This realization is shocking to most of us, when we finally arrive at it. But it is an essential realization for us, if we want to be able to fully receive everything that Christ has to teach us. We must understand that the majority of what Christ says to the Pharisees applies to us as well.
The Pharisees also attacked Christ, refusing to accept Him as Who He is, because these things that He was calling on them to do would result in them having to make some drastic changes in their lives – their behavior, their world -view, their priorities, their actions. And no one likes to change. He was calling on them to leave the status quo behind and radically redirect their lives toward God- the very definition of repentance. Indeed, this is the very first message that we hear Christ preach in the Gospel, “Repent, for the Kingdom of God is at hand.” Likewise, we must be willing to change the status quo in our lives as well, brothers and sisters- regardless of the fact that change can be frightening. We cannot remain merely comfortable with our spiritual lives- if we are comfortable, then we are no longer living the life of repentance, no longer growing in the Likeness of God. And Christ never said that we should be comfortable – He said that we should be holy, even as our Father in Heaven is holy.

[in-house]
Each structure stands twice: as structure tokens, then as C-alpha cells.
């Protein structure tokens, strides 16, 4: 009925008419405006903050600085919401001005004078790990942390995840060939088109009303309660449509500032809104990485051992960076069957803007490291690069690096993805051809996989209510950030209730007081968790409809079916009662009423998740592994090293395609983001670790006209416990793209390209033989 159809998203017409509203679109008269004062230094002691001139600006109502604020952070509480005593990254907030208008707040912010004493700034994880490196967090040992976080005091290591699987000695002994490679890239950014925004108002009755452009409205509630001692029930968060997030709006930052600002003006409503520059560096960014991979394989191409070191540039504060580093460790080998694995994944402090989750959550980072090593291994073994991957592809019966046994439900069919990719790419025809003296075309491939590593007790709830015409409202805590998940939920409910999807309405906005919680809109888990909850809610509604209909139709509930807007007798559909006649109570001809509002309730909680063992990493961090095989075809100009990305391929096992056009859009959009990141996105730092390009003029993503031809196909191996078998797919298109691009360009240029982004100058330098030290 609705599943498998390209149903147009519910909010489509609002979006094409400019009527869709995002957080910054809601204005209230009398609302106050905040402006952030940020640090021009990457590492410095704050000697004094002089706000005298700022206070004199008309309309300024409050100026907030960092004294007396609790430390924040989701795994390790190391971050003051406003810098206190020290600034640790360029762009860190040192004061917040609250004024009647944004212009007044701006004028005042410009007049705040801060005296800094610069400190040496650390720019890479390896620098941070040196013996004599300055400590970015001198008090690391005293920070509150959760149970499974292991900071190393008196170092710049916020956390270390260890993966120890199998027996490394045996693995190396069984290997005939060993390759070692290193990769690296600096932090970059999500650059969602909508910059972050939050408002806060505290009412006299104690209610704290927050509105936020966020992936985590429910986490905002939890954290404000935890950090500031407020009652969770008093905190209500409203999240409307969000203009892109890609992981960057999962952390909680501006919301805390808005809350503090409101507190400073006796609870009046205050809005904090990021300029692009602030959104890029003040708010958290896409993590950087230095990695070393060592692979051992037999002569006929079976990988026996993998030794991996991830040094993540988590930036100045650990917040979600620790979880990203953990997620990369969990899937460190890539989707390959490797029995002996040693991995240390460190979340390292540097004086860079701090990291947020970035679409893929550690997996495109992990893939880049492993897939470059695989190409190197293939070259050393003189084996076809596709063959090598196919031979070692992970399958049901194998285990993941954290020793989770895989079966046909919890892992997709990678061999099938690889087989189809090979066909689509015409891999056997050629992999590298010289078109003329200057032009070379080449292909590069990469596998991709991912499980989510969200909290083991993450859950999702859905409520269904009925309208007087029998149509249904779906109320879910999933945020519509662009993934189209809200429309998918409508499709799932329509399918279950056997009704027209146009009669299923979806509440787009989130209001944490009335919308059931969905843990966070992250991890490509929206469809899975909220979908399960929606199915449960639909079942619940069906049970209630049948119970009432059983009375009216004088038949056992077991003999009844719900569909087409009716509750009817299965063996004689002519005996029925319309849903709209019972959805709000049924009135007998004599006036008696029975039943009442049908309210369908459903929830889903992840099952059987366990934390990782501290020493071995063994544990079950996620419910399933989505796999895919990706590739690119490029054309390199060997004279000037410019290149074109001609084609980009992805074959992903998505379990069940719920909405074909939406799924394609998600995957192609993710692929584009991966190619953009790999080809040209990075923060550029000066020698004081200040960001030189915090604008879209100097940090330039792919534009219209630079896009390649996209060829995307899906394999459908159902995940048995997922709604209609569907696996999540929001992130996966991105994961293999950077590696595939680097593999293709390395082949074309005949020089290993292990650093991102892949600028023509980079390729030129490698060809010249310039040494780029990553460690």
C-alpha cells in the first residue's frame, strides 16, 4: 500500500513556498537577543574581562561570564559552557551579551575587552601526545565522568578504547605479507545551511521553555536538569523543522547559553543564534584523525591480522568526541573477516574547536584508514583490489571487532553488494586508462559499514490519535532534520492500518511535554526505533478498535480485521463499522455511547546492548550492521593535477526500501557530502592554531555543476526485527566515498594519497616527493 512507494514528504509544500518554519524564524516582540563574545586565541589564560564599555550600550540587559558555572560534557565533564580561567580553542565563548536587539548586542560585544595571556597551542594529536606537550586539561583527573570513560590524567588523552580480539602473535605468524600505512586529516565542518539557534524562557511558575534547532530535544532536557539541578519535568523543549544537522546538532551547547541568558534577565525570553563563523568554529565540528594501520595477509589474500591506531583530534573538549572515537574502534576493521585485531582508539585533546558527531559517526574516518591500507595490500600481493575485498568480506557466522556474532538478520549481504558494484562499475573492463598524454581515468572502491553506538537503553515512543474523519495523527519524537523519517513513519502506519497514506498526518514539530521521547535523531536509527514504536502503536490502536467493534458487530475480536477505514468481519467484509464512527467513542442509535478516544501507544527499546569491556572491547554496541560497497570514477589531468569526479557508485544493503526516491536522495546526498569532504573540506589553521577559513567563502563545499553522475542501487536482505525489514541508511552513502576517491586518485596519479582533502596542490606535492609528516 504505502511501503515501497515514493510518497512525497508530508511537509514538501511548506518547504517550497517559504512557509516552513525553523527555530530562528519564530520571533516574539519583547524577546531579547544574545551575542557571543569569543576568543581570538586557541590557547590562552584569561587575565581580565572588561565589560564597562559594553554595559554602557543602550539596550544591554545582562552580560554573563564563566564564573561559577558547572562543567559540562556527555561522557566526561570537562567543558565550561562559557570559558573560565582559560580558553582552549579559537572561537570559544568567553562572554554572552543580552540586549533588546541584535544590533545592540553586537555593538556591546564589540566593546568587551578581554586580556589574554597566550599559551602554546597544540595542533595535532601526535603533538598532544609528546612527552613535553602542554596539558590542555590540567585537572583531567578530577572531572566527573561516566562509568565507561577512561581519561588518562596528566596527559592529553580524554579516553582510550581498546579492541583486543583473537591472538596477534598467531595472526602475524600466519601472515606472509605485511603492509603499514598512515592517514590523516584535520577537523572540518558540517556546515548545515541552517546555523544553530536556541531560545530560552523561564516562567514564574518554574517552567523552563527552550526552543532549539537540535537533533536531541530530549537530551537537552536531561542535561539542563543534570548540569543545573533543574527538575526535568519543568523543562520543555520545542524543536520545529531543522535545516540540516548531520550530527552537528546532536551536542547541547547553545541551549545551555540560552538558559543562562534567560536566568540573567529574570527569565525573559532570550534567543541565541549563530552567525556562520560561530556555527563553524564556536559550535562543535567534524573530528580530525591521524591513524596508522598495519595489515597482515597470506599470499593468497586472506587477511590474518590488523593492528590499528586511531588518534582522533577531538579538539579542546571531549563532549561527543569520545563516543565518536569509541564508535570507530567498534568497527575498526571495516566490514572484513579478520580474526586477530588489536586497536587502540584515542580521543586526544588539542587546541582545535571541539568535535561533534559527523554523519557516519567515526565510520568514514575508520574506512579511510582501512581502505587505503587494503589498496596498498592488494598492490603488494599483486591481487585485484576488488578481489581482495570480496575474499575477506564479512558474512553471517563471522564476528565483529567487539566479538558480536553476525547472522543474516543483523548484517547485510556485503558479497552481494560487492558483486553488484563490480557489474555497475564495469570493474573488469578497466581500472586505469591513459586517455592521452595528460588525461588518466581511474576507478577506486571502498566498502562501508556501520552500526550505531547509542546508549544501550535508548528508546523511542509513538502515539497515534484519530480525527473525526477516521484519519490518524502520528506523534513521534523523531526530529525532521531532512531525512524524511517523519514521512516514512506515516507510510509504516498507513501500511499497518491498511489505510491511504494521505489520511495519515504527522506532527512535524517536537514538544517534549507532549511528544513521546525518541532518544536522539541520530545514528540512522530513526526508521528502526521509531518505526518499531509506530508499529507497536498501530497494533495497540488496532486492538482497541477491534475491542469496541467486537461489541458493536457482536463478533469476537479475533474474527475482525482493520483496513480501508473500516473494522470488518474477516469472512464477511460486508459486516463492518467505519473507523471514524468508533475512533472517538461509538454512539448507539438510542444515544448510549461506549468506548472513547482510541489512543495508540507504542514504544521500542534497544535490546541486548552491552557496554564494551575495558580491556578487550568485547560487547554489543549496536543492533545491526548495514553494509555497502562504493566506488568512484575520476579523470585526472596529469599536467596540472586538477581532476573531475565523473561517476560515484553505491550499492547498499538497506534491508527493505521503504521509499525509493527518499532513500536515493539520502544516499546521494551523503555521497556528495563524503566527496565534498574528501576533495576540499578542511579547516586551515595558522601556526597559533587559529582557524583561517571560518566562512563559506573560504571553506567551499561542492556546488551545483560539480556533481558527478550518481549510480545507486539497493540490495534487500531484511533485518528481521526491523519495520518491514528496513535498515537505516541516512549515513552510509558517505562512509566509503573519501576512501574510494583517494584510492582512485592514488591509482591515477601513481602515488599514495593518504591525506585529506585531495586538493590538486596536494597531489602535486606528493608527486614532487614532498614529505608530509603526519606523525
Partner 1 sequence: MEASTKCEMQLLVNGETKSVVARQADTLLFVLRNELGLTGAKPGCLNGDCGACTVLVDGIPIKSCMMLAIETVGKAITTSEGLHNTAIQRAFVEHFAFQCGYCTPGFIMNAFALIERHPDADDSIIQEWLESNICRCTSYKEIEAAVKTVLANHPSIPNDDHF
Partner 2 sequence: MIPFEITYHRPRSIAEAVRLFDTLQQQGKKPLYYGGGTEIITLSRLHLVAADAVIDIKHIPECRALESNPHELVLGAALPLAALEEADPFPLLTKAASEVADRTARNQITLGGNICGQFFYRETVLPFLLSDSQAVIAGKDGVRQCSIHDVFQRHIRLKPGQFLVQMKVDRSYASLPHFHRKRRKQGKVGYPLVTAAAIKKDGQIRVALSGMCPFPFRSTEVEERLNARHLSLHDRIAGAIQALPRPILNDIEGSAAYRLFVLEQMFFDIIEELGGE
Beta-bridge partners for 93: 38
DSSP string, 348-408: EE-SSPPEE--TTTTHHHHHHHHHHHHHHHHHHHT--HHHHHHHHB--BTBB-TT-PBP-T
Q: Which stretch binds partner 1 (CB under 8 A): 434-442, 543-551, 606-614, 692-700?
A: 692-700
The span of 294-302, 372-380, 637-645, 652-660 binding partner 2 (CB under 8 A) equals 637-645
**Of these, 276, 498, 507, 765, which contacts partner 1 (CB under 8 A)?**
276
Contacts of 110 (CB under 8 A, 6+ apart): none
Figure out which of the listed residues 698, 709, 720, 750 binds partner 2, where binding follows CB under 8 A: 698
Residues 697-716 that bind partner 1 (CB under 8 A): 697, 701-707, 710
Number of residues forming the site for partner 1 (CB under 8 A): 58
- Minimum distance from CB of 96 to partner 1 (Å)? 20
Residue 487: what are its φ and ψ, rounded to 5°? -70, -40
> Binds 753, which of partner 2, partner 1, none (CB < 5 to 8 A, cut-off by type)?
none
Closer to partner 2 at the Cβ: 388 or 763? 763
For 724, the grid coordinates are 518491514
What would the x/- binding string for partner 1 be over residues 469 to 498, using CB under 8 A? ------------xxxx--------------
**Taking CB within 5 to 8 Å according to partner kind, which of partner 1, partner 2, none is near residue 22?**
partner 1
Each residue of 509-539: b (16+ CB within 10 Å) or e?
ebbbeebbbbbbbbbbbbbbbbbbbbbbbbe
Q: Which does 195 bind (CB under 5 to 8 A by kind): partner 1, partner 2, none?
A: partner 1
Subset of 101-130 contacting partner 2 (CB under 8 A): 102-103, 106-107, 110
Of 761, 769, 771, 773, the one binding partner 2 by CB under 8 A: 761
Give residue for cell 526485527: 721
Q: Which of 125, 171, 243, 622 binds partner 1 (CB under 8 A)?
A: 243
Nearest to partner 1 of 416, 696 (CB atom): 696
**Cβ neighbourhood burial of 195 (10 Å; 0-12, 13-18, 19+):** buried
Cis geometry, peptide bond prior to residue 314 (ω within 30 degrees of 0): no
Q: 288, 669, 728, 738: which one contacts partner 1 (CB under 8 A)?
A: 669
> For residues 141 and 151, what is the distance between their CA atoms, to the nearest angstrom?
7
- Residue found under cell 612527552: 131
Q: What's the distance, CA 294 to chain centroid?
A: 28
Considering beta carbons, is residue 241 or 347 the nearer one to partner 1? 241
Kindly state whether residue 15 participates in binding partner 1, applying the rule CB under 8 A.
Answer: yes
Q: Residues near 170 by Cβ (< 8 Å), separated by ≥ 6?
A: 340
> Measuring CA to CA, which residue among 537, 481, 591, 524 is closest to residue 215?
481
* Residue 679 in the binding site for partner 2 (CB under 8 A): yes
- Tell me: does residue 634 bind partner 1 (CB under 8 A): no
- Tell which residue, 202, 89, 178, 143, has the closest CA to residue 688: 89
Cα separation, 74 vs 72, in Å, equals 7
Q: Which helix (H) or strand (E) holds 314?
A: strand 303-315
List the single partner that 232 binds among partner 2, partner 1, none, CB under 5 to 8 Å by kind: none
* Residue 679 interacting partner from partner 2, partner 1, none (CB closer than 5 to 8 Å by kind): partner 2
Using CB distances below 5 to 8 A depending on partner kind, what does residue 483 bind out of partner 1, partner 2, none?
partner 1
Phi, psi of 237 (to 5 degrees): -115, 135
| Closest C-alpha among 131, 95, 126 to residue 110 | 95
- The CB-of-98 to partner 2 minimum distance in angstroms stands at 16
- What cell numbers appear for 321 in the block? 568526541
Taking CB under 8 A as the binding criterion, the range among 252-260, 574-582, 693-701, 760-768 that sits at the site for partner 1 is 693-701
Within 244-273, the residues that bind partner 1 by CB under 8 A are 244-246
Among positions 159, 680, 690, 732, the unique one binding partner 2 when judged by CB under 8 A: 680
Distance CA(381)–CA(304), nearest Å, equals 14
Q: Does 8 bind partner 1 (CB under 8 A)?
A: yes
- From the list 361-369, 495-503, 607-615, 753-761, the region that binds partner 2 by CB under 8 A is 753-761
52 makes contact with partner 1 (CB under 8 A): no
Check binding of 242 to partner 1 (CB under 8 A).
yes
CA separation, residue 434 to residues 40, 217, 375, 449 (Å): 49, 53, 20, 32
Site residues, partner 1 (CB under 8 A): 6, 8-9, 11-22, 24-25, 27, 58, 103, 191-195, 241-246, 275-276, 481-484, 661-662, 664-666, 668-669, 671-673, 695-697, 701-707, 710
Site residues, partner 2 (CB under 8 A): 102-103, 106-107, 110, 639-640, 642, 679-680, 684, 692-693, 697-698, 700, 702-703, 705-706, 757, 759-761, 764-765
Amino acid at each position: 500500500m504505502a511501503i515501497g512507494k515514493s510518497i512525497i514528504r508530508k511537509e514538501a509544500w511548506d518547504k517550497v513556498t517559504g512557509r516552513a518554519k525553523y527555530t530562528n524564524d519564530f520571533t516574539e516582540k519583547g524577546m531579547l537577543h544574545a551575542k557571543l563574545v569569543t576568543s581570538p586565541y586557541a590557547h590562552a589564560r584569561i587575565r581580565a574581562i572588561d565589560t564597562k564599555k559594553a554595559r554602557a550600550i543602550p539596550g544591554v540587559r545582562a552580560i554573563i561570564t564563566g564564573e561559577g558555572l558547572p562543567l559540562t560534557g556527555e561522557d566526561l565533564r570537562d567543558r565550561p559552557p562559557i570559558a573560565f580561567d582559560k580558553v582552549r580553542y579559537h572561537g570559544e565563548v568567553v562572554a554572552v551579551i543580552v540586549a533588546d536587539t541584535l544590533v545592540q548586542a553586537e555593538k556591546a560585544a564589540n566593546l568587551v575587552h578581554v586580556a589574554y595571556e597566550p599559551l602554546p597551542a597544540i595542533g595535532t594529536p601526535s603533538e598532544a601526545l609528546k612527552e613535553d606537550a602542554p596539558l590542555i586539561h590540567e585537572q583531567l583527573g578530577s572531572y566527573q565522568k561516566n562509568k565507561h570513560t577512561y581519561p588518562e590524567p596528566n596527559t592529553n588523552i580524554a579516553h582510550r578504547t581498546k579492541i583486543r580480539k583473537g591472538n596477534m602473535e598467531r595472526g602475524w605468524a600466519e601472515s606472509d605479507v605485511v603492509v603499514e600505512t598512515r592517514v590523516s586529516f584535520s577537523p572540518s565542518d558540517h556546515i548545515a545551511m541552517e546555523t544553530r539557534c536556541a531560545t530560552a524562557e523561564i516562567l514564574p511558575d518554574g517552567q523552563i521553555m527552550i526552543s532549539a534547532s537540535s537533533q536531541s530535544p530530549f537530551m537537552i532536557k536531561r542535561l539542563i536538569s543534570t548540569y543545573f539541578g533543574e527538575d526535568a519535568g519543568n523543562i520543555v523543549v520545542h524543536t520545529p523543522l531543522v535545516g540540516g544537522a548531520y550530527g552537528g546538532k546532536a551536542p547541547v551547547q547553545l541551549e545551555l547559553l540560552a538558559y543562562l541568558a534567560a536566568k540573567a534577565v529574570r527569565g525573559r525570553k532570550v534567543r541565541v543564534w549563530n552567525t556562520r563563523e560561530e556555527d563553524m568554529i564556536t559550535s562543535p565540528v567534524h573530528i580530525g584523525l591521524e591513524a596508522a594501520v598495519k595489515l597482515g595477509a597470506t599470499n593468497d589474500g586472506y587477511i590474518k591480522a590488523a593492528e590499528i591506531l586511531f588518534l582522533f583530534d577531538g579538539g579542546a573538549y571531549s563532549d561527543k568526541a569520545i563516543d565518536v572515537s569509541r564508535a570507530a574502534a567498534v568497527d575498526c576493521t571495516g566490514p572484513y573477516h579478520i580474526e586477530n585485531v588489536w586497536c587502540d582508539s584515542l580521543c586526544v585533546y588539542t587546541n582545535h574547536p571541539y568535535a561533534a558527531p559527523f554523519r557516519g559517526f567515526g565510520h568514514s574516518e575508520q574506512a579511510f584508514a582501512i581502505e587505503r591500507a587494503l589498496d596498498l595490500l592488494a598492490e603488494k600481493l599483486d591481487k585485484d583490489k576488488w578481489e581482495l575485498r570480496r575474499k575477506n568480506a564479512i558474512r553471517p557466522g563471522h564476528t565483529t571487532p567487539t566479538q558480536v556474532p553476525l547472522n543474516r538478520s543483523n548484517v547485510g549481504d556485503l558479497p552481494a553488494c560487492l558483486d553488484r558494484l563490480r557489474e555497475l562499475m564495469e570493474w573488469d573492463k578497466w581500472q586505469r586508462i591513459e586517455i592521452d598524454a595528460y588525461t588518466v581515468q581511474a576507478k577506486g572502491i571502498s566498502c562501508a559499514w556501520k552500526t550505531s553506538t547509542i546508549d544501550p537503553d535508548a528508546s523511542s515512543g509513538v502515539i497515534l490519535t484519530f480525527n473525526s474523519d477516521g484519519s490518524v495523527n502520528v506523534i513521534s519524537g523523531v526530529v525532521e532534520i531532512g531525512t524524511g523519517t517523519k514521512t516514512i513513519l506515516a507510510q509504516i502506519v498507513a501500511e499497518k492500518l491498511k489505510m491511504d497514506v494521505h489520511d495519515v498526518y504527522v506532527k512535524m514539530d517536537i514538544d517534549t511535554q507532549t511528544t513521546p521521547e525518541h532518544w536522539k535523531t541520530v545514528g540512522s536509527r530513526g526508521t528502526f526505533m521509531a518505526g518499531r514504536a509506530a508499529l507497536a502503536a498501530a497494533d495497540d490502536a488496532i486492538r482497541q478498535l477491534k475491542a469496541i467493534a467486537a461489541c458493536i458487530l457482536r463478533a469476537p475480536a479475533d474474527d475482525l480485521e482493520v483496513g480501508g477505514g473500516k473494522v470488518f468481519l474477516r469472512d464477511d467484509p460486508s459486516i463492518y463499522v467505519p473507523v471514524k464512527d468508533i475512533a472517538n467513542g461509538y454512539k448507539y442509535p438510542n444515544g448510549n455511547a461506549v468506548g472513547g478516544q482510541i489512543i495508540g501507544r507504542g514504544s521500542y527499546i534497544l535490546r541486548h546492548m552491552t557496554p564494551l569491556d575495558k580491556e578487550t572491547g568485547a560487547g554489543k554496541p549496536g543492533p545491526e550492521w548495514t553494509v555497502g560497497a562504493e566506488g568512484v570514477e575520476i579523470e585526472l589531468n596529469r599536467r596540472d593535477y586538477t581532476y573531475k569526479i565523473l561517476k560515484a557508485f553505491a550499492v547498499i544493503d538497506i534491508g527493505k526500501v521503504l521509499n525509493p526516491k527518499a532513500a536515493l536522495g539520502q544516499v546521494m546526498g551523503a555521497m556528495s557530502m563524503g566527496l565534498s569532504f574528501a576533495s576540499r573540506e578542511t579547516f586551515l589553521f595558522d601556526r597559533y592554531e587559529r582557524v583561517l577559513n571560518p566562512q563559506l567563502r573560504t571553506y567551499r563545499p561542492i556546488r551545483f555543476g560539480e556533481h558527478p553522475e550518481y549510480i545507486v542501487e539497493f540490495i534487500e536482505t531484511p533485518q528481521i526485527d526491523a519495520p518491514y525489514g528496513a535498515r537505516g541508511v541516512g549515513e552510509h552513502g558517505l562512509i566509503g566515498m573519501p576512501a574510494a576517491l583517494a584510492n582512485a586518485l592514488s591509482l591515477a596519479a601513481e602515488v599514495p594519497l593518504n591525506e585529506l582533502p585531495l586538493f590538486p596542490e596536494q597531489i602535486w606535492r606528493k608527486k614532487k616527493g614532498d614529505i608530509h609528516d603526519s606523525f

So, before we condemn the Pharisees out of hand, brothers and sisters, before we write them off, and arrogantly assume that we are not like them, we should all examine our own lives, our motivations, our priorities, our hearts a little more carefully. Because like that old saying goes, we have met the enemy, and the enemy is us. It is our Fallen natures, the Old Man that still lives within each of us. It is only when we finally do come to this realization, this shocking self-revelation, that we can begin to glimpse the depth of God’s mercy, the inexpressible enormity of His love for us. For as the Apostle teaches, before we ever thought of loving God, while we were still sinners, Christ died for us.
Despite knowing all there is to know about us, despite knowing our shortcomings, our sinfulness, far better than we do ourselves, He still gave us His only-begotten Son, that whoever believes in Him should not perish but have everlasting life. He still said that He will give our souls rest. He still stretched out His arms on the Cross and died for us. He still rose again, ascended to the right hand of the Father, and granted us the inheritance of His Kingdom. It is only when we realize, in the depths, at the very core of our being, just how undeserving of His love that we really are, that we can begin to truly thank Him for healing our souls and bodies, for forgiving our sins, for bestowing upon us the unending joy of His Kingdom, for having mercy even on me, the Pharisee of Pharisees, and the first among sinners.
For He is a Good God Who loves mankind, and to Him is due all glory, honor, and worship, to the Father, Son and Holy Spirit, now and ever and to the ages of ages. Amen.
V. Rev. Gregory Czumak
Four Evangelist Parish
Bel Air, MD